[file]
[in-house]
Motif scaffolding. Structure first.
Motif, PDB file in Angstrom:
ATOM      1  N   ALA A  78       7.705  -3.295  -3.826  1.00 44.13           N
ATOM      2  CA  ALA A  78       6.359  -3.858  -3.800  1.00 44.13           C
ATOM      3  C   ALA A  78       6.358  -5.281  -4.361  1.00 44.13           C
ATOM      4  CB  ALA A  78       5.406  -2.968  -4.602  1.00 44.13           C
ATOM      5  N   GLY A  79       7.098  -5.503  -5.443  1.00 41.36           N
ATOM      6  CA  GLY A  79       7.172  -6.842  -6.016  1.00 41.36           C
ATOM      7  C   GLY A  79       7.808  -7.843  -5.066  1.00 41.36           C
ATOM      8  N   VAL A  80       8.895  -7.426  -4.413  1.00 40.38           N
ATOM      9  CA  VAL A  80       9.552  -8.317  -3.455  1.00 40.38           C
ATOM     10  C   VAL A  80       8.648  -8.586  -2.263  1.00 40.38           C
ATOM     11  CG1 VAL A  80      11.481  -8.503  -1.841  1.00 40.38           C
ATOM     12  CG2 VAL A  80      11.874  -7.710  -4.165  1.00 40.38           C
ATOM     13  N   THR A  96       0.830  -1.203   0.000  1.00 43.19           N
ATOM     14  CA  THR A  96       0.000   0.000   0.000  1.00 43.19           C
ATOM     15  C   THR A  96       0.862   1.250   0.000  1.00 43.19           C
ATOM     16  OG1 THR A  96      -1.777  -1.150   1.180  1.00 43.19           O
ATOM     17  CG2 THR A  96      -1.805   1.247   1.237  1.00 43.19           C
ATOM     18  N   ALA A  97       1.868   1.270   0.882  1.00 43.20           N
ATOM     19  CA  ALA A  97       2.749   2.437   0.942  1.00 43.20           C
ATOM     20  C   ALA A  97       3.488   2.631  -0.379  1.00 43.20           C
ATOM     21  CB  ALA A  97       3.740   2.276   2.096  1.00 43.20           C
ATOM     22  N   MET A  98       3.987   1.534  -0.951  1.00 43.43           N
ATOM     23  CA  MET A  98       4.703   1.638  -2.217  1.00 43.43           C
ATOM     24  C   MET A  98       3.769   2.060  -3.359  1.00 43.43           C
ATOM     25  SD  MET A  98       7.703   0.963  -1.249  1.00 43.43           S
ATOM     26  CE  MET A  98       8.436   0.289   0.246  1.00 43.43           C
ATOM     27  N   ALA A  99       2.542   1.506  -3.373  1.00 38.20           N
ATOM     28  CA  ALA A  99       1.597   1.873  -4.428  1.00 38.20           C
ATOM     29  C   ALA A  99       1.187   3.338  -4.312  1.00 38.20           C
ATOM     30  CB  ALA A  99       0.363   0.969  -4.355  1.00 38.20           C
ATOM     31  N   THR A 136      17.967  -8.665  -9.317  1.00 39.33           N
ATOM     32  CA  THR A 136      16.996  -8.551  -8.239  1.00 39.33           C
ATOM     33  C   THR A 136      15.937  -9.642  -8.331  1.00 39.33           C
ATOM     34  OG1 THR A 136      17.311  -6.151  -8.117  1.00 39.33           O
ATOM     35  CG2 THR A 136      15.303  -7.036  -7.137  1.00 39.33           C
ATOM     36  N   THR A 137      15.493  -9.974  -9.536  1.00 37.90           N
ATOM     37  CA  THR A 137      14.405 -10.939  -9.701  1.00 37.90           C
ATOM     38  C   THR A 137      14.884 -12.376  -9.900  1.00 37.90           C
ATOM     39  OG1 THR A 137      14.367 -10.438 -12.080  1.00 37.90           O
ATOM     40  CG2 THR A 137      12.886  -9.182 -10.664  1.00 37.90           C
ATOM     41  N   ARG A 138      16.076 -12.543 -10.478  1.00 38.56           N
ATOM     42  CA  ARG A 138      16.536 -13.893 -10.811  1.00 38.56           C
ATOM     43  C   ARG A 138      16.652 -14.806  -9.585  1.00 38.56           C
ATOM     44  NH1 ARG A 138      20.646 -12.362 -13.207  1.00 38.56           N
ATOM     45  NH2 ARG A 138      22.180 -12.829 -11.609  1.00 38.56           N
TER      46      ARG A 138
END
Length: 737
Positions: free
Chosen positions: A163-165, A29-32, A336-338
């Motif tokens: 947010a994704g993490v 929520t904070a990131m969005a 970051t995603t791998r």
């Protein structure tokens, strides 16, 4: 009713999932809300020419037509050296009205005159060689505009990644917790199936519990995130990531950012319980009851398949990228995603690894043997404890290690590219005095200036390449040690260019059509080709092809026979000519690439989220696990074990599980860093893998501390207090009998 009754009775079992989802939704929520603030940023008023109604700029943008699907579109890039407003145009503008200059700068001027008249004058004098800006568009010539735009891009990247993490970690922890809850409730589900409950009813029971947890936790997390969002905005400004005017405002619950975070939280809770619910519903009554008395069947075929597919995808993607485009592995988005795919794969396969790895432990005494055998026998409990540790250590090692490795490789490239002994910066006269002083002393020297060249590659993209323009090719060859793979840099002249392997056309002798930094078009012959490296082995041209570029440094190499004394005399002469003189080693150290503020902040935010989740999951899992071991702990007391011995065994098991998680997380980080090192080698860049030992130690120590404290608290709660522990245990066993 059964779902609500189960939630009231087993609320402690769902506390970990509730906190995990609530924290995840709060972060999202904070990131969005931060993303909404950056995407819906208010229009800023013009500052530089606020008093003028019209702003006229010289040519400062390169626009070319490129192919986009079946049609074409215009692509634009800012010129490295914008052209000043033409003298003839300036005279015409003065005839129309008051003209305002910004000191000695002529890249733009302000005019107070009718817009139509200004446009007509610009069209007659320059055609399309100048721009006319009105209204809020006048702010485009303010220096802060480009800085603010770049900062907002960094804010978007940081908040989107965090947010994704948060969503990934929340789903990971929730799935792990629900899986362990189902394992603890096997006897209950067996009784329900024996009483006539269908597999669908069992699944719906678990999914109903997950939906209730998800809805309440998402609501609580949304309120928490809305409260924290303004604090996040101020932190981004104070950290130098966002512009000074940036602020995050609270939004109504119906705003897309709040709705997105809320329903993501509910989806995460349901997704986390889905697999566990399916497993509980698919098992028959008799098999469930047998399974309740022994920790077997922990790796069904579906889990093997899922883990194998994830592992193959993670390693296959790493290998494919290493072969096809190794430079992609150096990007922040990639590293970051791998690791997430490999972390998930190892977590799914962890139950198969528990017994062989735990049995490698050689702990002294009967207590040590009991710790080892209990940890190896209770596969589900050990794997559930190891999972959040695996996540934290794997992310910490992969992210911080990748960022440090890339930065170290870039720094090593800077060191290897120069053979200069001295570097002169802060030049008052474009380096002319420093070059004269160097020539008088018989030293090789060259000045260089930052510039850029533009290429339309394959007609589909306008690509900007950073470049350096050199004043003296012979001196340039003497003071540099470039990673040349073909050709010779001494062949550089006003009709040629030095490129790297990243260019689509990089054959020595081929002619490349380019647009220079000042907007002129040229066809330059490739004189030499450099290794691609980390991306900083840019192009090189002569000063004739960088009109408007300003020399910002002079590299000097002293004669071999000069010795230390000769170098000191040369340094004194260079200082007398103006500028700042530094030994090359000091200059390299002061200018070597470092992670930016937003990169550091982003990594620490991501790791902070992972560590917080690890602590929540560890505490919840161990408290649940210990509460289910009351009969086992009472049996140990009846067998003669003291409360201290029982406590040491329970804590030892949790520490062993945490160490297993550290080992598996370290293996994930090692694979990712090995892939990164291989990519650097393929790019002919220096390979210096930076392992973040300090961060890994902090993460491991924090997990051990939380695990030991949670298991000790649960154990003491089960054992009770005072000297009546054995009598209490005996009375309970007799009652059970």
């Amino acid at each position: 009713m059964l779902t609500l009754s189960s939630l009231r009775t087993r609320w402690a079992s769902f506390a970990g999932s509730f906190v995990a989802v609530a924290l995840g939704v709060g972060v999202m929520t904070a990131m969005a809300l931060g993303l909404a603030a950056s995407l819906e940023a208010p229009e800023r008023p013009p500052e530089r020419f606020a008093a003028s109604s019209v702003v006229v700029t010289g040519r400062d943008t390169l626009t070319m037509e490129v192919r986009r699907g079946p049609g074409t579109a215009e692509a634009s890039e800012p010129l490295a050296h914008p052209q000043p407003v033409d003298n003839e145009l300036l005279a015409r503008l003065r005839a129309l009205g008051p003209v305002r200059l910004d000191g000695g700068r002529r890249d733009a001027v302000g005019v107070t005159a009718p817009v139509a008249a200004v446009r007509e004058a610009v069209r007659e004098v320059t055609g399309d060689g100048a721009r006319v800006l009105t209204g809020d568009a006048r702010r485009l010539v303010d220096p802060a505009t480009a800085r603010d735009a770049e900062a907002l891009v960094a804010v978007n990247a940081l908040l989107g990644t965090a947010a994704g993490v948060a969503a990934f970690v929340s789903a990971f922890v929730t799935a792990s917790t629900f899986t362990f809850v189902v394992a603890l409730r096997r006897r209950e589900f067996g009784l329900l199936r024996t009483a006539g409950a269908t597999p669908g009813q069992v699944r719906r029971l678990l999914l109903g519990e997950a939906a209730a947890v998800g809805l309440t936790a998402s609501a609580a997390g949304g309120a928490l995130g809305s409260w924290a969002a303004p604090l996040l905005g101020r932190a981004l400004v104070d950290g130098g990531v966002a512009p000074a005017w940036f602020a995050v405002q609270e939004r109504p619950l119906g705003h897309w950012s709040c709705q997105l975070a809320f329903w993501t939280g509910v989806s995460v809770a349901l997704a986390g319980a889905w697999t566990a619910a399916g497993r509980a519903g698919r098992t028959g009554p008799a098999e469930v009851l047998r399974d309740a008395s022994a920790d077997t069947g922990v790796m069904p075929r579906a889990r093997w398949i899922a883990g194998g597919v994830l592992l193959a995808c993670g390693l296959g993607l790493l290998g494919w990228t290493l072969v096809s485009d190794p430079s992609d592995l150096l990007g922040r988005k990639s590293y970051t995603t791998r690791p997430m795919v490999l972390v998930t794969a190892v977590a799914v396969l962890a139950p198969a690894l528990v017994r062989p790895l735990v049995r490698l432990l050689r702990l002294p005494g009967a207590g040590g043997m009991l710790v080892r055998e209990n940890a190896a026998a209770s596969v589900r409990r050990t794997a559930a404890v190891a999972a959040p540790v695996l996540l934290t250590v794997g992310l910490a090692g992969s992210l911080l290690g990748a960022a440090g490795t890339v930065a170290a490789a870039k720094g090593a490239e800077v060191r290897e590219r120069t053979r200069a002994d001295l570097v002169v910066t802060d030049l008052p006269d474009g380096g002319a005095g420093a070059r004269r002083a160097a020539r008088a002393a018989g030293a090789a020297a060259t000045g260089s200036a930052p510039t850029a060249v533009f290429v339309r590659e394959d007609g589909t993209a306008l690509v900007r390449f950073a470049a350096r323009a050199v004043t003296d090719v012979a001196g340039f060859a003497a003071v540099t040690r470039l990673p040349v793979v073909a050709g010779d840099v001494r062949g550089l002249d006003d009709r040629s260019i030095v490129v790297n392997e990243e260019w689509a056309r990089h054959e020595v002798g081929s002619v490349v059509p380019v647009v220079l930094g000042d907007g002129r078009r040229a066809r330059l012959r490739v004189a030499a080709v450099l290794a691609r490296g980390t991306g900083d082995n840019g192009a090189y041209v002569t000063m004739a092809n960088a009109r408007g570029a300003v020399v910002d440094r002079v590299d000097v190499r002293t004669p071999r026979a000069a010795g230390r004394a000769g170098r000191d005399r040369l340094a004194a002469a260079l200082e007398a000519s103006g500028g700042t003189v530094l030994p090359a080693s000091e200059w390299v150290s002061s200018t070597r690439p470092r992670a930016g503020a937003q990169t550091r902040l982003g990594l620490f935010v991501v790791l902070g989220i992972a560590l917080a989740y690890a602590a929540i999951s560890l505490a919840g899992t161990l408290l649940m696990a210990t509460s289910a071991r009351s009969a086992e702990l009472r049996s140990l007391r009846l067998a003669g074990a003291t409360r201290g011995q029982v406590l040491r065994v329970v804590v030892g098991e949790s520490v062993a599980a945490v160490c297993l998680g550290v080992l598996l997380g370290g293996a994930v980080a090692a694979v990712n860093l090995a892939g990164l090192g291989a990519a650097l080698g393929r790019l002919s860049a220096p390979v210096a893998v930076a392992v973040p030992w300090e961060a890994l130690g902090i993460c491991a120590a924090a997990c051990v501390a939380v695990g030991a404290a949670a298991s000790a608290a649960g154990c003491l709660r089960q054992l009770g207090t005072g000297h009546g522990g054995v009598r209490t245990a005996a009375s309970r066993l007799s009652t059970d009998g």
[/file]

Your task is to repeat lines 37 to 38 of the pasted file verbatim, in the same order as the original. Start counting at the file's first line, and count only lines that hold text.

ATOM     34  OG1 THR A 136      17.311  -6.151  -8.117  1.00 39.33           O
ATOM     35  CG2 THR A 136      15.303  -7.036  -7.137  1.00 39.33           C